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Castro says the world needs more women in politics

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Alice Rodgers
WVoN co-editor 

Cuban revolutionary leader, Fidel Castro, has said that the world would be a better place if there were more women in politics.

In an essay entitled ‘Sweetened Realities that Fade Away’, he reflected on the contributions of the  heads of state who attended the Summits of the Americas, in Cartagena, Colombia last weekend.

This meeting, which convenes every three years, is an opportunity for governments of the western hemisphere to discuss the challenges facing the Americas.

Castro was particularly supportive of Dilma Rousseff, the current president of Brazil, describing her as a “capable and intelligent woman”.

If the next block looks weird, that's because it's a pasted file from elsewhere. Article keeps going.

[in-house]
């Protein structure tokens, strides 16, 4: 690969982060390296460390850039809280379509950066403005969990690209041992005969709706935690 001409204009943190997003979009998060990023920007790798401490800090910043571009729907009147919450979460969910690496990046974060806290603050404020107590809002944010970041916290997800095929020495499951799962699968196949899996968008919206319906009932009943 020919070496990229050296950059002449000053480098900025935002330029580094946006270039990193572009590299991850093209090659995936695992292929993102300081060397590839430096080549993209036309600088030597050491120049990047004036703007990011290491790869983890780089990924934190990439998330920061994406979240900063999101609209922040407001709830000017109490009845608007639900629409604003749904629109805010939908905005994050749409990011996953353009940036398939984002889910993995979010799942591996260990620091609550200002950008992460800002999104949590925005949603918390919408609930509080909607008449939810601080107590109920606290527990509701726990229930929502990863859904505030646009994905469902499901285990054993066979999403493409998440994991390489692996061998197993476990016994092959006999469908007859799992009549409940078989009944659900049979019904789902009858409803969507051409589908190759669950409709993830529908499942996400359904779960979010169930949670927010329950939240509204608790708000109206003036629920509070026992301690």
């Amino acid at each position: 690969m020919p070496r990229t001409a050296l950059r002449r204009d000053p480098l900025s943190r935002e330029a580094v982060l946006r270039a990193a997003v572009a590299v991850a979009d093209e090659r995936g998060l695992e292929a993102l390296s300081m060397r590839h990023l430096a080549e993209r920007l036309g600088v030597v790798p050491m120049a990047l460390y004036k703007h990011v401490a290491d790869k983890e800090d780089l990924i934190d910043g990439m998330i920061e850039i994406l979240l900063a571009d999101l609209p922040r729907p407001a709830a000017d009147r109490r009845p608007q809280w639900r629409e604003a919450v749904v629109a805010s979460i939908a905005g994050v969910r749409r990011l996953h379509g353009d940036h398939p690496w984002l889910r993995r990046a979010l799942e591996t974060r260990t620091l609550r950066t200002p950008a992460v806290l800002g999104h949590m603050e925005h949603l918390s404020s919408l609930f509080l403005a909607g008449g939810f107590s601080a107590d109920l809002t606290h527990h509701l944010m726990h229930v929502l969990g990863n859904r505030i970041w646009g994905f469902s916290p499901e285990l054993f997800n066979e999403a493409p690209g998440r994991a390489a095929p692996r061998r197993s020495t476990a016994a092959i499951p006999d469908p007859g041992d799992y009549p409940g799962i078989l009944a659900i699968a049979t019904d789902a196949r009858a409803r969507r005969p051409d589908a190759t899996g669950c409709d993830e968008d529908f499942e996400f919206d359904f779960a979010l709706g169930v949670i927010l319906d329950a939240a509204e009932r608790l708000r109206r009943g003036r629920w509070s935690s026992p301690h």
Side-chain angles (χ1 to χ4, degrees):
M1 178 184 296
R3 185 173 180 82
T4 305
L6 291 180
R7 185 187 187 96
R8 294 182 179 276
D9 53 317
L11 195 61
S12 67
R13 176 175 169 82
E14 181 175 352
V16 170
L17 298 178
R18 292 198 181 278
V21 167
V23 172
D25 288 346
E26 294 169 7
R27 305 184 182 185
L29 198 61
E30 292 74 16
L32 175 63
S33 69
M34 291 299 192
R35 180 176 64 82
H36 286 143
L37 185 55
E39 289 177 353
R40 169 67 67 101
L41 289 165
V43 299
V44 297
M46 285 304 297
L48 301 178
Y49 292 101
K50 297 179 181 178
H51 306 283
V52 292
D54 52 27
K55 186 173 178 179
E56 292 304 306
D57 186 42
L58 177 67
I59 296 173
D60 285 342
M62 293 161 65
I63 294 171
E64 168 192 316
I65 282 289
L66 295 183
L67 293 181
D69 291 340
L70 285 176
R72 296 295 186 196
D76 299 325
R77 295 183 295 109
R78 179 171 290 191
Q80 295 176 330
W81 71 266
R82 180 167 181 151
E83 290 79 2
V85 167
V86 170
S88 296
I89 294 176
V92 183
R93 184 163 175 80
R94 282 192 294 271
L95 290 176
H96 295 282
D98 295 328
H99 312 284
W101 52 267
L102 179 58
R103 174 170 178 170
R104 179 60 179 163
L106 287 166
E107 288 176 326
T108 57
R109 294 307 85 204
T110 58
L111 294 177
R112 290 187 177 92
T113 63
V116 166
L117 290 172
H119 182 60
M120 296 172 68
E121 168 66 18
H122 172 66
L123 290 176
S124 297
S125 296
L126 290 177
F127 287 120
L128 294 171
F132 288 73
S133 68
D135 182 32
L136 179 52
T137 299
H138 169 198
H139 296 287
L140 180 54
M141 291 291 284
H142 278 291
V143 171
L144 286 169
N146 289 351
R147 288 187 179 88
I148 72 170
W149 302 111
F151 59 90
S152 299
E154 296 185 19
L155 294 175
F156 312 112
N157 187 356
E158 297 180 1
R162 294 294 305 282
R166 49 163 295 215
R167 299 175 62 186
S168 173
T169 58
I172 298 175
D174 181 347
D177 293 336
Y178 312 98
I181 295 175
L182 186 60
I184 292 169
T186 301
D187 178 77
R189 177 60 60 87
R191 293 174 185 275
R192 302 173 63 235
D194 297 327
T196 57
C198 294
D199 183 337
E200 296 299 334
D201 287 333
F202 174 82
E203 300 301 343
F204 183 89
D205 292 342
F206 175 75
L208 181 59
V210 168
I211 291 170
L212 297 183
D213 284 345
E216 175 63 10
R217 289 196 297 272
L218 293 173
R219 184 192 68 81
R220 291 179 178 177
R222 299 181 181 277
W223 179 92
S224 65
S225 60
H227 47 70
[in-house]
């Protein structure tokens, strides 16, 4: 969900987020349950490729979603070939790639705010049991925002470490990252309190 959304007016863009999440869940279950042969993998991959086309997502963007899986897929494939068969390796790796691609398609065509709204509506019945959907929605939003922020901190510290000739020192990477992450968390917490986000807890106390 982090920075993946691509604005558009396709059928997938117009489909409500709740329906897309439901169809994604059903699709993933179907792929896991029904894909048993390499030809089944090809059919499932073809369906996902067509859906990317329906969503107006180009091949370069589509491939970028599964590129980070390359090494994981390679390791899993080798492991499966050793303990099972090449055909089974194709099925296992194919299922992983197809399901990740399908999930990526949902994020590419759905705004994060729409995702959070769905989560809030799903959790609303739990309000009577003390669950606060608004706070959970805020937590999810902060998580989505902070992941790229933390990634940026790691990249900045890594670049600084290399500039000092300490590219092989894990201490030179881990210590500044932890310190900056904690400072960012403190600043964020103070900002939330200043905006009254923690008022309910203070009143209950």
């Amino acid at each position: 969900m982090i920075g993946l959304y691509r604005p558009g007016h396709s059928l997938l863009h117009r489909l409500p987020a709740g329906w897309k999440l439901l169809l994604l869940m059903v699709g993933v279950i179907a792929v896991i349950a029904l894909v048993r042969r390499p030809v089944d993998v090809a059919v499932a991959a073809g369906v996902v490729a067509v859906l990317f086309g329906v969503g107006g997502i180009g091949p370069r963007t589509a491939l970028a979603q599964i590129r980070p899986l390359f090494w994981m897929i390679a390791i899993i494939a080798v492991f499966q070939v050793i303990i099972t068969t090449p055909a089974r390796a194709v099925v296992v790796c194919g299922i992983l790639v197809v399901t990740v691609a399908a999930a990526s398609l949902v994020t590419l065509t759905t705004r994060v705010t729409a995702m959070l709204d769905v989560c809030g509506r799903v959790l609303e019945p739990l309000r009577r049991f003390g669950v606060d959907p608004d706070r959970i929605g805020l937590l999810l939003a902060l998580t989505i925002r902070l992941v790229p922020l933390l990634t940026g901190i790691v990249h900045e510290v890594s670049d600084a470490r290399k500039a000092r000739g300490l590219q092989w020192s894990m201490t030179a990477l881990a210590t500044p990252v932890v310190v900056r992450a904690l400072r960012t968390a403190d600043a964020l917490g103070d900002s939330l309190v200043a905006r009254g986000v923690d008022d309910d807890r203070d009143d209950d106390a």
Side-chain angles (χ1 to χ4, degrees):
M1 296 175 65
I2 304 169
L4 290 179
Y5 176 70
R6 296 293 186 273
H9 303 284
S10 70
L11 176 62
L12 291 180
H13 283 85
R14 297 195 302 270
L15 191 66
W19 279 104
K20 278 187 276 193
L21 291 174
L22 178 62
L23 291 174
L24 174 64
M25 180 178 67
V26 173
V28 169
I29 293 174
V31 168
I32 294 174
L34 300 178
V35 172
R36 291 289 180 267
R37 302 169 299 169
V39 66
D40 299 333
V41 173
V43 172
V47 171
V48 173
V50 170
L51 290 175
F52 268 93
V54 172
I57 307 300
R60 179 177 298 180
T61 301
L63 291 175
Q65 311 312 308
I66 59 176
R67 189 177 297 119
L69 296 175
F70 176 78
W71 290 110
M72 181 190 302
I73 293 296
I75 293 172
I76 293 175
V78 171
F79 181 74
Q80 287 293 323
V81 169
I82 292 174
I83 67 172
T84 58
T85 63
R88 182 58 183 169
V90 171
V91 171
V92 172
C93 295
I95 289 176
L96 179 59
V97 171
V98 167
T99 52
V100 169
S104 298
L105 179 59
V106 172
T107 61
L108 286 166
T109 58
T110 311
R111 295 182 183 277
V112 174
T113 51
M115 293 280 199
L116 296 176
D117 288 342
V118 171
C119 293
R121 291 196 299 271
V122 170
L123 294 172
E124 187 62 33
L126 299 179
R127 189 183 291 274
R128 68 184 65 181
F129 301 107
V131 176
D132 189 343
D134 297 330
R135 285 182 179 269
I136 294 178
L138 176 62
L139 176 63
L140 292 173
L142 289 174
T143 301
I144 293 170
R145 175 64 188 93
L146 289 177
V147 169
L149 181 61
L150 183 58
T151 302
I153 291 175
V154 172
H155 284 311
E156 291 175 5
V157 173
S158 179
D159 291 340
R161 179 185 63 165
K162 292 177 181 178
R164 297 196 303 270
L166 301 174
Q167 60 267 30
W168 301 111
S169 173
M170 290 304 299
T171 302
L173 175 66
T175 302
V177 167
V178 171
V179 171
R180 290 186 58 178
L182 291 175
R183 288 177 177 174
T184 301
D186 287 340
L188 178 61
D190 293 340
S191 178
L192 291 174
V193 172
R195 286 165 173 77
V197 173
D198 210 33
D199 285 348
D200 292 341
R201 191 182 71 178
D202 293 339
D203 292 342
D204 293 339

The ex-president of Cuba pointed to Rousseff’s analysis of the economic crisis and her comments about the damaging effects of the Eurozone’s monetary expansion on Brazil’s national industry.

She was, he said, dealing with the country’s economic issues “with authority and dignity”.

This year’s Summit was attended by more women leaders than ever before: Cristina Fernández de Kirchner of Argentina; Laura Chinchilla of Costa Rica; Portia Simpson Miller of Jamaica; Kamla Persad-Bissessar of Trinidad and Tobago; and Dilma Rousseff of Brazil.

“The women attending the summit either as companions or as Heads of State were the ones who did it best. Once again they proved that the world would be a far better place if they took care of political affairs” the Cuban leader said.

In a continent often stereotyped for machismo it seems that the region is certainly making progress when it comes to women’s representation in politics.

That being said, five female leaders from a region of 34 countries shows that there is still a long way to go, as Castro himself observed.

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